*Other than freaking out, we can only image what we’d do if our child wandered into a gorilla habitat at the zoo. That’s unfortunately exactly what happened to one little 4-year-old boy at the Cincinnati Zoo on Saturday.
TV sation, WLWT interviewed a lady name O’Conner who gave an eyewitness account of the incident and captured the chilling moments on video when the 17-year-old gorilla named Harambe grabbed the youngster.
WLWT noted that it has removed the most graphic portions of the video, during which the gorilla dragged the boy through the water.
Harambe, a 400-pound, 17-year-old male lowland gorilla, was inside a cave when the boy got into the Gorilla World enclosure.
“You heard the splash. People are yelling, ‘There’s a boy in the water. There’s a boy in the water,’” O’Connor said.
O’Connor and her family watched in disbelief.
At times, Harambe almost appeared to want to protect the boy from the onlookers.
“I don’t know if the screaming did it or too many people hanging on the edge, if he thought we were coming in, but then he pulled the boy down away further from the big group,” O’Connor said.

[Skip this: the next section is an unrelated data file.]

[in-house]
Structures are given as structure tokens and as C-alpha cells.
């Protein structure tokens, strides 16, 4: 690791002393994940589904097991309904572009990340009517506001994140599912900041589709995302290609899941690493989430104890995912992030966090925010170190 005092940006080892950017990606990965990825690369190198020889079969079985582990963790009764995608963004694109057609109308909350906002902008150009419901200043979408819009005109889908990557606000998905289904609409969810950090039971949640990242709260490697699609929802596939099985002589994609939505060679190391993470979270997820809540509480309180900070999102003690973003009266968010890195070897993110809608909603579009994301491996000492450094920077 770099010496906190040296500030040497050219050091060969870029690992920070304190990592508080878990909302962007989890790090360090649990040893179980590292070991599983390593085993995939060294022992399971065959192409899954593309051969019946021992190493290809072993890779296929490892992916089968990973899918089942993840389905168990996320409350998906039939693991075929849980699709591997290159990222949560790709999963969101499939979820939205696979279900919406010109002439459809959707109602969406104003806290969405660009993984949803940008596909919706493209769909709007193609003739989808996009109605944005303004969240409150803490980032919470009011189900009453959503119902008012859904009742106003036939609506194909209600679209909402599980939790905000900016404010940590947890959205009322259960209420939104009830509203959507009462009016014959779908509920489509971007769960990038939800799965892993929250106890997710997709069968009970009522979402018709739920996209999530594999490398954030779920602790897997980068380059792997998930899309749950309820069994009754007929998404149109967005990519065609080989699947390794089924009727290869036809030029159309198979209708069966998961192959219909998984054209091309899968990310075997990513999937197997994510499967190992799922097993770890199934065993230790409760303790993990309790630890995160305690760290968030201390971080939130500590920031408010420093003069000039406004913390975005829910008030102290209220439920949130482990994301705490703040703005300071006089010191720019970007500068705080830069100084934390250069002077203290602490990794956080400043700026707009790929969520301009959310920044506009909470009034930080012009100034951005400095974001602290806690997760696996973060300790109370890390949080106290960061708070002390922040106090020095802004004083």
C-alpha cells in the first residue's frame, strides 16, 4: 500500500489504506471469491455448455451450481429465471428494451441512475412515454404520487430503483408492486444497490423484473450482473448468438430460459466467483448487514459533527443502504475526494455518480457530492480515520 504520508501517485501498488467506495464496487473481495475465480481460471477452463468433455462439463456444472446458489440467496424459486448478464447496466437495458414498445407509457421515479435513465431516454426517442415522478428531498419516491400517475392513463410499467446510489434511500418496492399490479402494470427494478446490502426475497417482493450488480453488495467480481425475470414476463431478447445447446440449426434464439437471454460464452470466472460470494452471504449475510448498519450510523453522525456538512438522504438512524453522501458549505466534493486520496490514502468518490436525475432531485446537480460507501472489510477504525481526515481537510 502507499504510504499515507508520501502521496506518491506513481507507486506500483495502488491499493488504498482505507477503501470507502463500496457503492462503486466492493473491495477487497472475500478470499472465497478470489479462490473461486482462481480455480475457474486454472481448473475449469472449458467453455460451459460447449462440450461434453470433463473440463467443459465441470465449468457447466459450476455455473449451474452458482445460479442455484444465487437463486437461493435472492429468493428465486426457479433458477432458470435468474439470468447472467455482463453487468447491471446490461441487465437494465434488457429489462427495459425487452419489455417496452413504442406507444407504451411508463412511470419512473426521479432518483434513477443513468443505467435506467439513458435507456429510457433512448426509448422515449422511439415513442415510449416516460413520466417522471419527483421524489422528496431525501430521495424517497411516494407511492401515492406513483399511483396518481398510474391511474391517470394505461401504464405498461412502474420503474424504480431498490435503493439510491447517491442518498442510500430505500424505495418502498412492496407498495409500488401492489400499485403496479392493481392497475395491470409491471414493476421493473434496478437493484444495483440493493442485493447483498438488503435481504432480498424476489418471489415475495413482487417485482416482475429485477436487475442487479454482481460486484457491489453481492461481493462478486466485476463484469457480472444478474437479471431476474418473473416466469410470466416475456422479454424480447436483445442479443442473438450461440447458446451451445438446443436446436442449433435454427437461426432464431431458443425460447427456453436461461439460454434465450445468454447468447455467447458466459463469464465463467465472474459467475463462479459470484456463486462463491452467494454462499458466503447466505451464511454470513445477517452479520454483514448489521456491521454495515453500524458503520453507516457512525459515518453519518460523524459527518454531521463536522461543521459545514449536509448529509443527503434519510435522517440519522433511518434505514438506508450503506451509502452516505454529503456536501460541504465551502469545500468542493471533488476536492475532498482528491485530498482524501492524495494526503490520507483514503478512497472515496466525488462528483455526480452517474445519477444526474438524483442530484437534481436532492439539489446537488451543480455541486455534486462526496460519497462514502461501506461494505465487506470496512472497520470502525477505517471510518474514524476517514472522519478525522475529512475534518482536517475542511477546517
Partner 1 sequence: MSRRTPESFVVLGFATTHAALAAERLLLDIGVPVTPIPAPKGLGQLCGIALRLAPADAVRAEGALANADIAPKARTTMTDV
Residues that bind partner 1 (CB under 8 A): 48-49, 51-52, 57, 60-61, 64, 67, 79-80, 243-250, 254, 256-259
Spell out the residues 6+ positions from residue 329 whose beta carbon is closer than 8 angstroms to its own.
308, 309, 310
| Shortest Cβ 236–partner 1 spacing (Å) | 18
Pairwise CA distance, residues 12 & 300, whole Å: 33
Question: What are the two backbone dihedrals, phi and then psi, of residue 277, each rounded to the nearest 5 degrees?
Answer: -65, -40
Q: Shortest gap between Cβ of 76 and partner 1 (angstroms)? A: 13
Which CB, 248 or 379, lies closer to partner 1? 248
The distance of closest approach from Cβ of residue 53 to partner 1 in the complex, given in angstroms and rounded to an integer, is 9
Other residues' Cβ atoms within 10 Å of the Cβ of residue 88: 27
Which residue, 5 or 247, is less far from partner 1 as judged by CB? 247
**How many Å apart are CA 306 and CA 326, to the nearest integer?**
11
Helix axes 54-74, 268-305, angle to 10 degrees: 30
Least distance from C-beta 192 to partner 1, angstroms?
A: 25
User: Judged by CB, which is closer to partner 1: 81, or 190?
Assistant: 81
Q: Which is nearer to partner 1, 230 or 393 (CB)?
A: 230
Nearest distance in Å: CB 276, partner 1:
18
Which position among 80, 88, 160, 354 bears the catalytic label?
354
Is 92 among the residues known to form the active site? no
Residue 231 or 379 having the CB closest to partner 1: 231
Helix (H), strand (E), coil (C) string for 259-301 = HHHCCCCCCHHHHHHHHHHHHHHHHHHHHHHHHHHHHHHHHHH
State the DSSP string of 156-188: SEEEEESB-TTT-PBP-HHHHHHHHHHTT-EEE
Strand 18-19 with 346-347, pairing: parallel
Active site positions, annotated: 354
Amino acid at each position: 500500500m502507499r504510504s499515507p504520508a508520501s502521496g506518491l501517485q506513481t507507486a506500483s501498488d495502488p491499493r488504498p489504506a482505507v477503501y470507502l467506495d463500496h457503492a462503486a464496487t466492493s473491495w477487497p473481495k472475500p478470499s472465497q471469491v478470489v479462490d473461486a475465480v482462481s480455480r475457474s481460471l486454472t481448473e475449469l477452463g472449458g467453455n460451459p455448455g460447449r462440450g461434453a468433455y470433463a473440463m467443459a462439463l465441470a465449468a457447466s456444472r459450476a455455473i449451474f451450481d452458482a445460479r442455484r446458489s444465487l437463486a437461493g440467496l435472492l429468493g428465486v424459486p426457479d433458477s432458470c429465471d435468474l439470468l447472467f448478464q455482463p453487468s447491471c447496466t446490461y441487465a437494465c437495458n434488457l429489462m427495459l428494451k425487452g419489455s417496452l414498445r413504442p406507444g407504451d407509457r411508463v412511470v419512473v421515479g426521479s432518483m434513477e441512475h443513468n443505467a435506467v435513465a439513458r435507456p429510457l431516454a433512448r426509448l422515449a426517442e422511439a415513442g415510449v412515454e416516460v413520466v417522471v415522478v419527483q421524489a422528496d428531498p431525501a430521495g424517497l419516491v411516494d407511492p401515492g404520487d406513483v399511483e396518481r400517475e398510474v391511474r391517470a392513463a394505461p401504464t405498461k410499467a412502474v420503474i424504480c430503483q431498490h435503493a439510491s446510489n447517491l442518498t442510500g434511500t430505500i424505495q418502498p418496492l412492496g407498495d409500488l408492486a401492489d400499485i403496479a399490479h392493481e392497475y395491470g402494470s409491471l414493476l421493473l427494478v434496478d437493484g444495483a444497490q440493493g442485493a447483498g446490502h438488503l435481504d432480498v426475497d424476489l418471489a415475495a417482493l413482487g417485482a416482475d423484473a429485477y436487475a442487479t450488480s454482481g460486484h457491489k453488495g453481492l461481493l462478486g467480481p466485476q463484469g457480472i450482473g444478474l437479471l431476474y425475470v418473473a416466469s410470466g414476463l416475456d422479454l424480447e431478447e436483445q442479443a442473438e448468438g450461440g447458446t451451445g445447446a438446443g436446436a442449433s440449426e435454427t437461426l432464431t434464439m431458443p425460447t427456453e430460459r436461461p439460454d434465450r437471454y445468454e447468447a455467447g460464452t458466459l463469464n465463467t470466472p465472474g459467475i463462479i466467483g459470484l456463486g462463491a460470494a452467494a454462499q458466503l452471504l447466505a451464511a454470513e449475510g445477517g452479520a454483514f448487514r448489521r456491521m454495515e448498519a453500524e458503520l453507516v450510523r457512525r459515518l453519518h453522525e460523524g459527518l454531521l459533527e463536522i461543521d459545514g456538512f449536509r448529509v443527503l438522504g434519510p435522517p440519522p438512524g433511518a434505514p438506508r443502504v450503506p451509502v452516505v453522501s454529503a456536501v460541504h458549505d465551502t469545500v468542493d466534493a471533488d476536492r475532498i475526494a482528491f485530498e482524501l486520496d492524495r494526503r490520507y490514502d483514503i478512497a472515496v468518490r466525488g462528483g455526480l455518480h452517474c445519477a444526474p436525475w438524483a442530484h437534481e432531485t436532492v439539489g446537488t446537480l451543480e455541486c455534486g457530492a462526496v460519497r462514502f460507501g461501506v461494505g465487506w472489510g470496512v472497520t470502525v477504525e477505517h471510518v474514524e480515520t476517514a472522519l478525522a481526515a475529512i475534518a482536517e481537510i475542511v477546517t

O’Connor says she heard the 4-year-old saying he wanted to jump into the gorilla’s habitat before the incident. The boy’s mother was also tending to several other young children.
“The little boy himself had already been talking about wanting to … get in the water. The mother’s like, ‘No, you’re not, no, you’re not,’” O’Connor said.
O’Connor tried to help keep others calm while zoo officials moved in but left before Harambe was shot. In total, the boy was in the enclosure for 10 to 15 minutes, fire officials said.
“Unfortunately, we heard it. We hadn’t gotten much outside the gates. We were hoping, hoping, they were just putting him to sleep,” O’Connor said.
Now her thoughts are understandably with the boy’s family.
“Really, we would just like to know that that little boy is OK, because of what we saw, the trauma of what we saw,” O’Connor said.
Zoo President Thane Maynard said that the decision was made to kill the gorilla to protect the child. The boy was with the 400-pound animal for about 10 minutes before the zoo’s Dangerous Animal Response Team deemed the situation “life-threatening,” Maynard said.